WASHINGTON Donald Trump swept primaries in five Northeastern states on Tuesday, moving closer to winning the Republican presidential nomination as he easily defeated rivals Ted Cruz and John Kasich.
Trump, who has gained momentum after losing the Wisconsin primary to Cruz on April 5, scored victories in Pennsylvania, Maryland, Connecticut, Rhode Island and Delaware, U.S. television networks projected. His margin of victory in each state appeared to be even larger than in his home state of New York a week ago.
Democratic front-runner Hillary Clinton defeated challenger Bernie Sanders in Maryland, Delaware and Pennsylvania and was expected to sweep the other two states as well.
Although the race remains fluid, Trump's wins made it less likely that Republicans would choose their nominee for the November 8 presidential election at a contested convention in July in Cleveland, an outcome seen by Cruz and Kasich as their only chance at the nomination.
"They should drop out because frankly they have no path to victory," Trump told a Time interviewer at a magazine event in New York honouring influential Americans.
Cruz, already looking ahead to Indiana's Republican primary on May 3, addressed a crowd in that state just as polls were closing in the Northeastern states.
"I got good news for you: Tonight, this campaign moves back to more favourable terrain," the U.S. senator from Texas said in Knightstown, Indiana, inside the high school gymnasium made famous by the underdog movie, "Hoosiers."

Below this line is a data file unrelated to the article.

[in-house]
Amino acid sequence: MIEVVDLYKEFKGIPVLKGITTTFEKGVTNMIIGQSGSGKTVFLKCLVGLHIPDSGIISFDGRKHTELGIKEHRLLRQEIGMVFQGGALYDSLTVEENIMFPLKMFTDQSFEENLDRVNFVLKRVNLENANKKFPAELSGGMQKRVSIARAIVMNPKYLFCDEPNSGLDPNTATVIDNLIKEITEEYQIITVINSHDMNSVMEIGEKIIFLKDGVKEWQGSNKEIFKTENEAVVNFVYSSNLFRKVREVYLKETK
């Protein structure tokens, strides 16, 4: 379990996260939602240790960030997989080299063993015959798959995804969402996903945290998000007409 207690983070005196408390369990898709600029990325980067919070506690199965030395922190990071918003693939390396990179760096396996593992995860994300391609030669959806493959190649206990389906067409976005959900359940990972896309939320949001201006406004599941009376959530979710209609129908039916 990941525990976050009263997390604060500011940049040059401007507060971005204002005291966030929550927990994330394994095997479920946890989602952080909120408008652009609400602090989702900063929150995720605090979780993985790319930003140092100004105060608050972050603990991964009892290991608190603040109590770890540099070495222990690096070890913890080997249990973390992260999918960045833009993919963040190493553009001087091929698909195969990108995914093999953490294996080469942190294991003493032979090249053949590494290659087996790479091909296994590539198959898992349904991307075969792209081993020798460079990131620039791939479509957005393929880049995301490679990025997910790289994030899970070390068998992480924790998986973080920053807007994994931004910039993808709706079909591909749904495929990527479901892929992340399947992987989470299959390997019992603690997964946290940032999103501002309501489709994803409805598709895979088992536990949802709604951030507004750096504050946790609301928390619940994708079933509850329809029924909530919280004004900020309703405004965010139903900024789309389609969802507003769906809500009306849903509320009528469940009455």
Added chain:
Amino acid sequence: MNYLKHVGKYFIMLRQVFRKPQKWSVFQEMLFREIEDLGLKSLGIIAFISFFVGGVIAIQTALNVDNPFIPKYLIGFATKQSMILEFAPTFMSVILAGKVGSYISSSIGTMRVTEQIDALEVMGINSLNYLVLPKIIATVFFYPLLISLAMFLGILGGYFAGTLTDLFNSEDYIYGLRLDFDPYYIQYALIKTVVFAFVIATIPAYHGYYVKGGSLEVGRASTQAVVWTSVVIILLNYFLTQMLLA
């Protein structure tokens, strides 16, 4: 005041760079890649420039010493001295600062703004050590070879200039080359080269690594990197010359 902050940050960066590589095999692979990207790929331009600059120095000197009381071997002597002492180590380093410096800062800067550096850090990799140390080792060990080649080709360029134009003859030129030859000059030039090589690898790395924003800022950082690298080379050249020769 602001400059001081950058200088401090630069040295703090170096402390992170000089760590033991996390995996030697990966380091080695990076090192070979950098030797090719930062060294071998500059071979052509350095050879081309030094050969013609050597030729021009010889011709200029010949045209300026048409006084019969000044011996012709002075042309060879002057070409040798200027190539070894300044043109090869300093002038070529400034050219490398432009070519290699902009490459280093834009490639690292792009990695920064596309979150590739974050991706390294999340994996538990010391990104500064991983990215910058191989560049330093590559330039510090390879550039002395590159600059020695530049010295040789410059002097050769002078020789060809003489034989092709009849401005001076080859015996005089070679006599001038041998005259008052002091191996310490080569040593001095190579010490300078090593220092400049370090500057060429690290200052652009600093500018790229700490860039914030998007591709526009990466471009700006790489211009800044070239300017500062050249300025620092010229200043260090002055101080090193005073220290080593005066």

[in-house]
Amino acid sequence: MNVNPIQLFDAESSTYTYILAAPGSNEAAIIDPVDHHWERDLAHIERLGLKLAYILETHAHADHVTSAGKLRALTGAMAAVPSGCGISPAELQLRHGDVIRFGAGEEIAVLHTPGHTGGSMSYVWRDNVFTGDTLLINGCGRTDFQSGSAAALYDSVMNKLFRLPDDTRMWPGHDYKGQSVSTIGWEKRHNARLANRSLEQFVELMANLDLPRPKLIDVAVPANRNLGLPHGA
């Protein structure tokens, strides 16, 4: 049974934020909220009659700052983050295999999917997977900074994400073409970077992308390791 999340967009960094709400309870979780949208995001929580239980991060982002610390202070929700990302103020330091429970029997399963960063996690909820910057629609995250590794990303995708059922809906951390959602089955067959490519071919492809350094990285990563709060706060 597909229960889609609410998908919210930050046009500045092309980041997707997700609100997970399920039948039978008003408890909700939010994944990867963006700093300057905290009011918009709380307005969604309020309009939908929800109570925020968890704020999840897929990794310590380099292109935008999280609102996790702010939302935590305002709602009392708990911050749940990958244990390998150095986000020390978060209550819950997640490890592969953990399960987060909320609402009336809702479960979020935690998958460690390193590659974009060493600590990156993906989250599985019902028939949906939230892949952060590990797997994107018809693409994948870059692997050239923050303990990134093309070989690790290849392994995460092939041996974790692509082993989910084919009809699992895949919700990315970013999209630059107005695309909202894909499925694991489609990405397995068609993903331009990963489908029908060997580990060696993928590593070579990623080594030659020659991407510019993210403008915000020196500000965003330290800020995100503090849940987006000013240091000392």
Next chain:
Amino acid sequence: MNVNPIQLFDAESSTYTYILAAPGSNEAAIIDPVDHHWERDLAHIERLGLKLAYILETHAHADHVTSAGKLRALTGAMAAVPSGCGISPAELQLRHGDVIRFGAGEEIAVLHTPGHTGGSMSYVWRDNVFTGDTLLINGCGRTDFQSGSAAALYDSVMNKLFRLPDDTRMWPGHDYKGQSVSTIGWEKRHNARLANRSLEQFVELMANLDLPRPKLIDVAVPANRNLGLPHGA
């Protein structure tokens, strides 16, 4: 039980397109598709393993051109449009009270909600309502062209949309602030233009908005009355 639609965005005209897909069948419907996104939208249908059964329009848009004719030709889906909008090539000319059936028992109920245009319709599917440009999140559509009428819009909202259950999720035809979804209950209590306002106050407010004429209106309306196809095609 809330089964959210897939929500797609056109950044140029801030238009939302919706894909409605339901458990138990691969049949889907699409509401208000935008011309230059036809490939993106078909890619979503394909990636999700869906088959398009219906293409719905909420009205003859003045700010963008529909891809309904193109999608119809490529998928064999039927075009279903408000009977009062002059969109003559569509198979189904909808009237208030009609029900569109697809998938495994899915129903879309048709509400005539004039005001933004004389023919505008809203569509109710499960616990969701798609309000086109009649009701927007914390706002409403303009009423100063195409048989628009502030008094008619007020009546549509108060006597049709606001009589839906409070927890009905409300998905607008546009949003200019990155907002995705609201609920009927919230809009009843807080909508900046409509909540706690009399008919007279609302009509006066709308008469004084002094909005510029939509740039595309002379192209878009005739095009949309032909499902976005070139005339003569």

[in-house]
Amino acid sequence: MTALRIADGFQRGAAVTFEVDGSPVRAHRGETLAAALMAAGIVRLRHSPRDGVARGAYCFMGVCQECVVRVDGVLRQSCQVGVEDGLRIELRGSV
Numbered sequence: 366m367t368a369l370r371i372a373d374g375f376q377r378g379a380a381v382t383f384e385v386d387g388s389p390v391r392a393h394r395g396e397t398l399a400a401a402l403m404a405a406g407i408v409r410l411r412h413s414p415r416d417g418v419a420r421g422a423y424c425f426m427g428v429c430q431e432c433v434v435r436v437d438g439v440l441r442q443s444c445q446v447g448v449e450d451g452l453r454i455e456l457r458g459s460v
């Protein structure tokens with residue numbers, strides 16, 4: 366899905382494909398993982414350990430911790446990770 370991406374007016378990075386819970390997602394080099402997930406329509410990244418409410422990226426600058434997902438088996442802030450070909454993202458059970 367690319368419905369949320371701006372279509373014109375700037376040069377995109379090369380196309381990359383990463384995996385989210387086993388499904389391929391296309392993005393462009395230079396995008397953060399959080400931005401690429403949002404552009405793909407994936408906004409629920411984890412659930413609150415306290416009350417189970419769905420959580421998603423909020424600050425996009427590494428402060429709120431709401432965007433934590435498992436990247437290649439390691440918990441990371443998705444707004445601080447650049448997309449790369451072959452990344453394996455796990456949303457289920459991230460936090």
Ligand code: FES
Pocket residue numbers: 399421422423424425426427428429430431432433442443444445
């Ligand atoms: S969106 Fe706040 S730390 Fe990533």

Clinton's strong showing in the Democratic race added to the pressure on Sanders to get out of the race or ease his criticism of her.
Before Tuesday's outcome, the former secretary of state had an almost insurmountable lead of 275 pledged delegates heading into Tuesday's contests, and Senate Democratic leader Harry Reid told reporters he did not think Sanders, a U.S. senator from Vermont, had a realistic path to winning the nomination.
Sanders, speaking to a big crowd in Huntington, West Virginia, showed no signs of getting out of the race and said he was shedding light on inconvenient truths about how hard life was these days for some Americans.
"The reason that we are generating this enthusiasm is because we are doing something very unusual in contemporary politics. We are telling the truth," he said.
A total of 118 pledged Republican delegates were at stake in addition to 54 unbound Pennsylvania delegates.
Cruz and Kasich, the Ohio governor, have formed an anti-Trump alliance in an effort to stop the New York billionaire from reaching a first-ballot victory at the July convention.
Former Republican presidential candidate Ben Carson, a Trump supporter, said the deal between Kasich and Cruz would backfire because it smacked of backroom politics.
(Additional reporting by Amanda Becker in Philadelphia, Luciana Lopez in New York and Jeff Mason, Alana Wise and Megan Casella in Washington; Editing by Peter Cooney)
This story has not been edited by Firstpost staff and is generated by auto-feed.